Zayak prepares for 2nd chance

January 05, 1994|By Bill Glauber | Bill Glauber,Staff Writer

DETROIT -- The dream came to Elaine Zayak a few years ago, long before the world of amateur skating opened its arms to the millionaire mercenaries of the ice-show circuit.

She wanted to compete again, wanted to show the world that the unhappy teen-ager who melted under a glare of Olympic publicity had grown into a strong, resourceful woman.

"I always thought that I would come back and be better than ever," she said.

So here she is, 10 years later and two pounds lighter, a 28-year-old preparing to skate at the 1994 U.S. Figure Skating Championships.

There are a lot of wonderful stories in the making here, of kids and veterans who will realize Olympic dreams come the weekend.

But Zayak has a different, albeit equally terrific, story to tell.

Of all the professionals who have been reinstated to competition, Zayak seems to be having the most fun.

Watch her practice, a 5-foot-3, 116-pound bundle of energy, leaping across the ice, a smile on her face, and she is a picture of joy.

And underneath the stands at the Joe Louis Arena, she is every skater's best friend. Brian Boitano gives her a hug. Peggy Fleming shouts encouragement.

"You look great," Fleming says.

"Thanks so much," Zayak replies, shaking sweat from her blond hair.

This is a world Zayak knows so well.

For a while, back when she was a teen-ager with an entourage and an agent, Zayak was the whole show in American figure skating. She was a national champion and world titlist before her 16th birthday. But it all happened too fast.

"I had only one way to go," she said. "Down."

The world champion of 1982 soon was surpassed by an equally talented American woman, Rosalynn Sumners. And by the time the 1984 Olympics in Sarajevo came around, it was Zayak who was stumbling in the old school figures and Sumners who was lifted on the podium, second behind Katarina Witt.

"It was all so political then," she said. "I never got a fair chance."

Zayak went from the amateurs to the ice-show circuit. But she wasn't happy jumping for dollars. And as her weight ballooned, her drawing power plummeted. She hit bottom in 1986, when she signed to appear on a television special, but was left on the cutting-room floor.

"My agent told me I looked too heavy," she said. "So I fired him. And I quit."

Zayak went back to Paramus, N.J. She went to college for six months. Went to the beach. Started giving lessons at her old rink in Monsey, N.Y.

"I even opened a delicatessen," she said. "It went bankrupt in a year and a half. I guess I'm not that much of a businesswoman."

She was, first and foremost, a skater. Watching a new generation of teen-agers stumble through the 1993 U.S. championships, Zayak decided that when the International Skating Union reopened the sport to pros, she would return.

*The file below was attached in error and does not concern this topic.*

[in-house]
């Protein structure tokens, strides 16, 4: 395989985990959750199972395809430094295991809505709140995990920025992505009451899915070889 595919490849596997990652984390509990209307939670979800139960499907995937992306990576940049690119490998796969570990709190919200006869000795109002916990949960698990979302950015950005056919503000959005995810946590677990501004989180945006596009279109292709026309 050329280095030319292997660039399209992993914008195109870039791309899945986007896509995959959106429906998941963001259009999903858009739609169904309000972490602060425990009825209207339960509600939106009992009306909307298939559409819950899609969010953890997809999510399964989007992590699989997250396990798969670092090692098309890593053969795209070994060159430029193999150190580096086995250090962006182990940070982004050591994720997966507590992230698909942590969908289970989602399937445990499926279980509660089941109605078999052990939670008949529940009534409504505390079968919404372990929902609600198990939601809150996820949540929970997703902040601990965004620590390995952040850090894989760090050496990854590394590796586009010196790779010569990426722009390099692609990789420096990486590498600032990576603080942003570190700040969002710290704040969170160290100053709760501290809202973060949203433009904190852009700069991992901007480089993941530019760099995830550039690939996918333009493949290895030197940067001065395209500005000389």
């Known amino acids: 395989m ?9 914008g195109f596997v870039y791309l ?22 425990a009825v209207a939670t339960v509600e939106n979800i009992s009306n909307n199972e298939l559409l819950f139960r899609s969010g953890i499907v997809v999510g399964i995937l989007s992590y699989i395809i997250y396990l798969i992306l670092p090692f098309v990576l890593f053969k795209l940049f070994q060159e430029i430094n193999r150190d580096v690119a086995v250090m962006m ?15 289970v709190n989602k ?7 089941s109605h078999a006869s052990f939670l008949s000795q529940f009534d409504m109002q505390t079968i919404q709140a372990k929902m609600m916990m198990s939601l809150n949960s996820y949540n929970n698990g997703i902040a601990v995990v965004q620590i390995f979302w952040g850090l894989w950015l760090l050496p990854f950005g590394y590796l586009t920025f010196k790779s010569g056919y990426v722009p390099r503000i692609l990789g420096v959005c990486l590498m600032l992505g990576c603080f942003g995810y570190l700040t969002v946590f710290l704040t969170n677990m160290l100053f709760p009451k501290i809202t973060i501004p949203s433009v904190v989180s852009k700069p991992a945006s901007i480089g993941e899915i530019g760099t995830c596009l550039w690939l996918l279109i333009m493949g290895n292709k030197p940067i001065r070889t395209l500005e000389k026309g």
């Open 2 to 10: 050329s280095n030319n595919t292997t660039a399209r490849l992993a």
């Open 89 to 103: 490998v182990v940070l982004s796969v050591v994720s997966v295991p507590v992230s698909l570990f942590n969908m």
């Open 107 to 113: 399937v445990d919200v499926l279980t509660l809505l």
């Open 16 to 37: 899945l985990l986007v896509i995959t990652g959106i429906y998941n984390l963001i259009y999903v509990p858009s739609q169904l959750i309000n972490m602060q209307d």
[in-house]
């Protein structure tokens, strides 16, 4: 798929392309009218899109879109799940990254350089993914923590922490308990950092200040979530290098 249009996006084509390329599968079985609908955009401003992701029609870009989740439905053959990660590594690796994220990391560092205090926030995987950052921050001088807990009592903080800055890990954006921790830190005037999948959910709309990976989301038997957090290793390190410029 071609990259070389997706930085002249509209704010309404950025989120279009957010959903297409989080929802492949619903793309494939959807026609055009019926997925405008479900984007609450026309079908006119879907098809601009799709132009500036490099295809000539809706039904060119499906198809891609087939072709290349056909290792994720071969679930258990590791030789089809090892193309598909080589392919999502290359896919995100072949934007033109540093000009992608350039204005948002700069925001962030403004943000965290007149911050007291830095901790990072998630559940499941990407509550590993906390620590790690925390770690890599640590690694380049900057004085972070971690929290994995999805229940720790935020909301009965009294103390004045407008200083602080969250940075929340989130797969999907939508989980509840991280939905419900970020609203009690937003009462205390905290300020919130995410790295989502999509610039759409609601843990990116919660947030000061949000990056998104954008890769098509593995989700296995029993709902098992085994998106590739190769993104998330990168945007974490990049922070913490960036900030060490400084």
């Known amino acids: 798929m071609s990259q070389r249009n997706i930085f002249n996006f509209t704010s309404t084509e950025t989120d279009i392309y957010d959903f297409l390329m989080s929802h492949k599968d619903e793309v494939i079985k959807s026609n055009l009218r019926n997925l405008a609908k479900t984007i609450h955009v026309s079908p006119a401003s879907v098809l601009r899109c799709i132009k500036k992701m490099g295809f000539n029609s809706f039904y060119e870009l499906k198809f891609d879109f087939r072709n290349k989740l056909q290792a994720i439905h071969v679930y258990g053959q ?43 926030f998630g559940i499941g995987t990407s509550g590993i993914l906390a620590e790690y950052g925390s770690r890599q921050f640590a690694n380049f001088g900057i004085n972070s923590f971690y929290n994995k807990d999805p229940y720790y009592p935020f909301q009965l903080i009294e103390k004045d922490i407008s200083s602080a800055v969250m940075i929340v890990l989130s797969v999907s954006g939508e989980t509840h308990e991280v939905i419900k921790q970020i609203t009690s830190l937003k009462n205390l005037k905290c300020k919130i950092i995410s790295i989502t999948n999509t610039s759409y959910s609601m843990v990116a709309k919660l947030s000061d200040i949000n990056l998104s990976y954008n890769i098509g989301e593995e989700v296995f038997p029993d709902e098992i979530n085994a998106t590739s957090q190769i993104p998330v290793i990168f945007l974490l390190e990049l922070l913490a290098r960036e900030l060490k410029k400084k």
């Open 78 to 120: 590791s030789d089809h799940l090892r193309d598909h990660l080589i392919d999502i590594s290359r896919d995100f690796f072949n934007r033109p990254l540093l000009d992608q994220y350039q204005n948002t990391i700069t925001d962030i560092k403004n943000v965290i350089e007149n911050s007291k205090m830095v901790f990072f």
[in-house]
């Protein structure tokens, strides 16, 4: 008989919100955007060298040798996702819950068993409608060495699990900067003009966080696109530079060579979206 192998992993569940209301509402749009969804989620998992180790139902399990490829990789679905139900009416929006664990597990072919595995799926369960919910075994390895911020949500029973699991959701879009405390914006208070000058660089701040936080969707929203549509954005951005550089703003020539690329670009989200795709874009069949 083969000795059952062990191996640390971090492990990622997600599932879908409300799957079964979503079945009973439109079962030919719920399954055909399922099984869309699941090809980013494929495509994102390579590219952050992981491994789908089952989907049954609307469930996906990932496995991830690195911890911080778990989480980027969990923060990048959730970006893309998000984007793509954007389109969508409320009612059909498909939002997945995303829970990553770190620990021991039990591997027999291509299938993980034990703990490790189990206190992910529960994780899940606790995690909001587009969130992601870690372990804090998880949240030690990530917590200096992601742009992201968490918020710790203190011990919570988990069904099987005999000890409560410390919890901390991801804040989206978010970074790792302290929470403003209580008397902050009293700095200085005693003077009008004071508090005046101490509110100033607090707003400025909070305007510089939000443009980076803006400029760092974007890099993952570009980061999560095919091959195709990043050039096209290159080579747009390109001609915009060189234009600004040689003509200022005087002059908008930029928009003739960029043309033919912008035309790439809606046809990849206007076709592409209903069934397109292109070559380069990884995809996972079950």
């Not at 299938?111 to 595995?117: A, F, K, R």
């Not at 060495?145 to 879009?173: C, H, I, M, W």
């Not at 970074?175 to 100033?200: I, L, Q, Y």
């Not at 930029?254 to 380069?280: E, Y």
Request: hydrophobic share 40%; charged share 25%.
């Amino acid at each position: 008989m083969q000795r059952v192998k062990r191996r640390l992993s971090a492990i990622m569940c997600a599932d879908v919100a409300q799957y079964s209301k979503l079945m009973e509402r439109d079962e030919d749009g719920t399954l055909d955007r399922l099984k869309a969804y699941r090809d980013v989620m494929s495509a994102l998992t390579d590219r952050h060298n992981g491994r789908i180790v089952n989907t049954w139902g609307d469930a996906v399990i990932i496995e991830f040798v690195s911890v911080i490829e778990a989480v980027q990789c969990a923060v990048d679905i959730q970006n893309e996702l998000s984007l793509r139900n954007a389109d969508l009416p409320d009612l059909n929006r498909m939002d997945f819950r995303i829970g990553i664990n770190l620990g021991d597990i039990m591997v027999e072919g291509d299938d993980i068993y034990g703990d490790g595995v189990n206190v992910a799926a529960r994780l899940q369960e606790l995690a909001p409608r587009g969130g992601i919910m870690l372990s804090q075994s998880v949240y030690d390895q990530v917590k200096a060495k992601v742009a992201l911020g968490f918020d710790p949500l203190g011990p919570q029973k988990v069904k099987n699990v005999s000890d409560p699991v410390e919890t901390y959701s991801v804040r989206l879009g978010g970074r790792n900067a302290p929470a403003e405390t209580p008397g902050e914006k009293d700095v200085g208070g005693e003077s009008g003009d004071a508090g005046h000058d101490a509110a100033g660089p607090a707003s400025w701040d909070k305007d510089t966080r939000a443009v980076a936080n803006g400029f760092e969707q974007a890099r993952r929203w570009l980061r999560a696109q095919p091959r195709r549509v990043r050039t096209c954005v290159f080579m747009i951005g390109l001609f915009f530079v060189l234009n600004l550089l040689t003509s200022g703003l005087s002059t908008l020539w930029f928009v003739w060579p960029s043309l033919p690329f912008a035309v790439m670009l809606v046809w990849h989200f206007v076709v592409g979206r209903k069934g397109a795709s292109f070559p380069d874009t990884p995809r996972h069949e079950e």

So there she was, on a list with Boitano and Witt and Jayne Torvill and Christopher Dean, an old-timer ready to retrieve her sequin costumes from a closet.

And she hasn't looked back in regret.

Zayak won the Skate Rockland title at her home rink, and it was as if she had won the Olympics.

"I was happy," she said. "And relieved."

Zayak also made a bold personal decision, barring from the practice rink the man who had the most influence on her career, her father, Richard. It was Richard Zayak who coaxed his daughter to the ice, giving her $5 bills for each triple jump she landed.

"A lot of times my father would say that 'I made you a world champion,' " she said. "And I said, 'No, I did it.' "

Now she is on her own, willing to accept whatever success or failure comes her way.

Once the sport's best jumper, Zayak must make do with four triple jumps, two fewer than most of her competitors.

But with maturity, she has added artistry. Her music veers from the scores from the movies "The Babe" and "Robin Hood" to Debussy.

Now, she looks at her competitors not as rivals but as friends to be nurtured.

She is getting to know the teen-agers, trying to tell them all what lies ahead.

"I know what they're going through," she said. "I feel bad. But at 16, I knew everything. I knew what I would do. Those years were the most difficult of my life. Everyone at that age has weight problems. It's not that you don't want to lose the weight. It's that you can't. You're becoming a normal woman, and your body changes. But people start nagging at you and make it worse. All you can do is go on."

Zayak has few illusions about this week. Her hope is to make the top six, to appear on national television with the final group of women skaters come Saturday night.

Only two women will advance to the Winter Games.

Zayak won't be among them.

"Even if I finished second, I wouldn't go," she said. "I've already had my chance. It's time for someone else to go."

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